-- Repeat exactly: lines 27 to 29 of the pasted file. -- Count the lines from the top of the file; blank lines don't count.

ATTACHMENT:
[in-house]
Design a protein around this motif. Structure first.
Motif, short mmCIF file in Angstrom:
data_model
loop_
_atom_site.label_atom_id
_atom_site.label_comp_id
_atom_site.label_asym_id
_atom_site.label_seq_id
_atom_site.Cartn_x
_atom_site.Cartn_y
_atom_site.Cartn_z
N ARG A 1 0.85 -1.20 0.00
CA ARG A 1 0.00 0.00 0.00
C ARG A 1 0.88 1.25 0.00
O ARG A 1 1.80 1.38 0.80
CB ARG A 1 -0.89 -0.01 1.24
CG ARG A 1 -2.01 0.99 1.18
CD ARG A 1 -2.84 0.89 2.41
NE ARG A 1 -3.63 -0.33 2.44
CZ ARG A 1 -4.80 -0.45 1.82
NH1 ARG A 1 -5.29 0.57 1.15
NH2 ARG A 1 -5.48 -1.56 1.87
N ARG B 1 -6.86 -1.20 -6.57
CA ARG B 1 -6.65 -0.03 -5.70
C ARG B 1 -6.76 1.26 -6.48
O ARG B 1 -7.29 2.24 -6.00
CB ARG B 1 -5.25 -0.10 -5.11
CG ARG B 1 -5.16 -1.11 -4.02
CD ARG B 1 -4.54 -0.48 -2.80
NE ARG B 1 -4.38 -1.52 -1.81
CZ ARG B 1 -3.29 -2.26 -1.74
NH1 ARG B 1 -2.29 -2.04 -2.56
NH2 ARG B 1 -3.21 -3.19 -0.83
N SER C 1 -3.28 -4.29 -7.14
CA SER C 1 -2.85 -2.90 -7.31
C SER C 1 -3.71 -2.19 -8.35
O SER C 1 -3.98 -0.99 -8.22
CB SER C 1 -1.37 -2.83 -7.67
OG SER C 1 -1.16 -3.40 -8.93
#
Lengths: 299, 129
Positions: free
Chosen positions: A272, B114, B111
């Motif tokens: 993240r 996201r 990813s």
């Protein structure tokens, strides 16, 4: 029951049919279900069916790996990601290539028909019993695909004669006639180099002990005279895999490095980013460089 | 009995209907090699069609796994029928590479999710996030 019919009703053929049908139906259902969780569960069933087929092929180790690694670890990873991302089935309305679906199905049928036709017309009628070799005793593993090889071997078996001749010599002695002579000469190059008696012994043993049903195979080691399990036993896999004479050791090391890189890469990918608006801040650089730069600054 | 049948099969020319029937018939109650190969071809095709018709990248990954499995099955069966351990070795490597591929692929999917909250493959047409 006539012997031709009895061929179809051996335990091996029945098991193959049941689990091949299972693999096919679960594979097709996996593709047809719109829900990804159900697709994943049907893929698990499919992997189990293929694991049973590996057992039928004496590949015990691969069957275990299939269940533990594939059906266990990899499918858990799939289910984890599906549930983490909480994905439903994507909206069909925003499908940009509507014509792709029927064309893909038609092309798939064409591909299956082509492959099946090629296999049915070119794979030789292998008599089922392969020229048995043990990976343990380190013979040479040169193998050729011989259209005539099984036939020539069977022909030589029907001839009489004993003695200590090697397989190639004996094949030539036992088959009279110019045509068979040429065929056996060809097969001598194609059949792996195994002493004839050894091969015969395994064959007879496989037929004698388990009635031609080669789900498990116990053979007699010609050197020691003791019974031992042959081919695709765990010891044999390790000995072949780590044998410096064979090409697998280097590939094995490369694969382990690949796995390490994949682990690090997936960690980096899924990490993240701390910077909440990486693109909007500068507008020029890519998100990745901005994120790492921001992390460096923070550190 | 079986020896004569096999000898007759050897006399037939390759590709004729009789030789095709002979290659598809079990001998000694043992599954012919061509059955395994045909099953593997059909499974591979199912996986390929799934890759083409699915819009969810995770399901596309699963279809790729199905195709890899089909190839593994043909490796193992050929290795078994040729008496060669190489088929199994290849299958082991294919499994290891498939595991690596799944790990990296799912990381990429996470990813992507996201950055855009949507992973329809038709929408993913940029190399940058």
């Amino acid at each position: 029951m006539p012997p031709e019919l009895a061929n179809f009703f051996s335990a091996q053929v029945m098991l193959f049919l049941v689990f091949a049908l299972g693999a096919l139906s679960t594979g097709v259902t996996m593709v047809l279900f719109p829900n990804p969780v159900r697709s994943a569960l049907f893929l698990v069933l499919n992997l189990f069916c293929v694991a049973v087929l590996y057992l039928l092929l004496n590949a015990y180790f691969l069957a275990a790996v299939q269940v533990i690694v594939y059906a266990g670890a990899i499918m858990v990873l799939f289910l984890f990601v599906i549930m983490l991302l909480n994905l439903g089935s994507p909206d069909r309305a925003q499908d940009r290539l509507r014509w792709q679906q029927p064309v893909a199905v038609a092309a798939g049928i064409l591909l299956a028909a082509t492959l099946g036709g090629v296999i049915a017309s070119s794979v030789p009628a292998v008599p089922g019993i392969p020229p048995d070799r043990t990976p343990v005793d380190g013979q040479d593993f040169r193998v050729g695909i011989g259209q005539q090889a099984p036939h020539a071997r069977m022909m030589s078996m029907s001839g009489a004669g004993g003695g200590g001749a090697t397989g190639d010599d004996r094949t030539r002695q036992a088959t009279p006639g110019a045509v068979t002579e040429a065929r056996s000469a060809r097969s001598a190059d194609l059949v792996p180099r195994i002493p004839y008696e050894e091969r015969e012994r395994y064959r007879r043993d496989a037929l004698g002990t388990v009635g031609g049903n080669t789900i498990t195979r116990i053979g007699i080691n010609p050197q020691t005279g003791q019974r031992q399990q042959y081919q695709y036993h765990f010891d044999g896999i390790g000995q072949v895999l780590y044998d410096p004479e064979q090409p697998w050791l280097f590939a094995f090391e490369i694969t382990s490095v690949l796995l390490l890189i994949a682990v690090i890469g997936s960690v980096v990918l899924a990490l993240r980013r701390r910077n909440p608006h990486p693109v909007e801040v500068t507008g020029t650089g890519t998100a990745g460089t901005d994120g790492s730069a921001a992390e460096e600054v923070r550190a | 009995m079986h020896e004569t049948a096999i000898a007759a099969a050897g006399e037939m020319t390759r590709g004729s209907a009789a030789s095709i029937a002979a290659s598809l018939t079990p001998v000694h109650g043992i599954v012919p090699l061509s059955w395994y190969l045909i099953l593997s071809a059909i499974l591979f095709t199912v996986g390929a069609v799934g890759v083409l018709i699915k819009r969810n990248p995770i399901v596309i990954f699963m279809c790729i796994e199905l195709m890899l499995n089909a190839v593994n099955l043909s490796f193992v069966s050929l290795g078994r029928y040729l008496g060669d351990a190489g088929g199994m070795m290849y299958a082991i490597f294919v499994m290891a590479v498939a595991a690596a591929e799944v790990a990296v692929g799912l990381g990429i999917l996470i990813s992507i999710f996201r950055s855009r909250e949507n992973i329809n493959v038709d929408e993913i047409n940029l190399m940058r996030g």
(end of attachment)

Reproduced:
O ARG B 1 -7.29 2.24 -6.00
CB ARG B 1 -5.25 -0.10 -5.11
CG ARG B 1 -5.16 -1.11 -4.02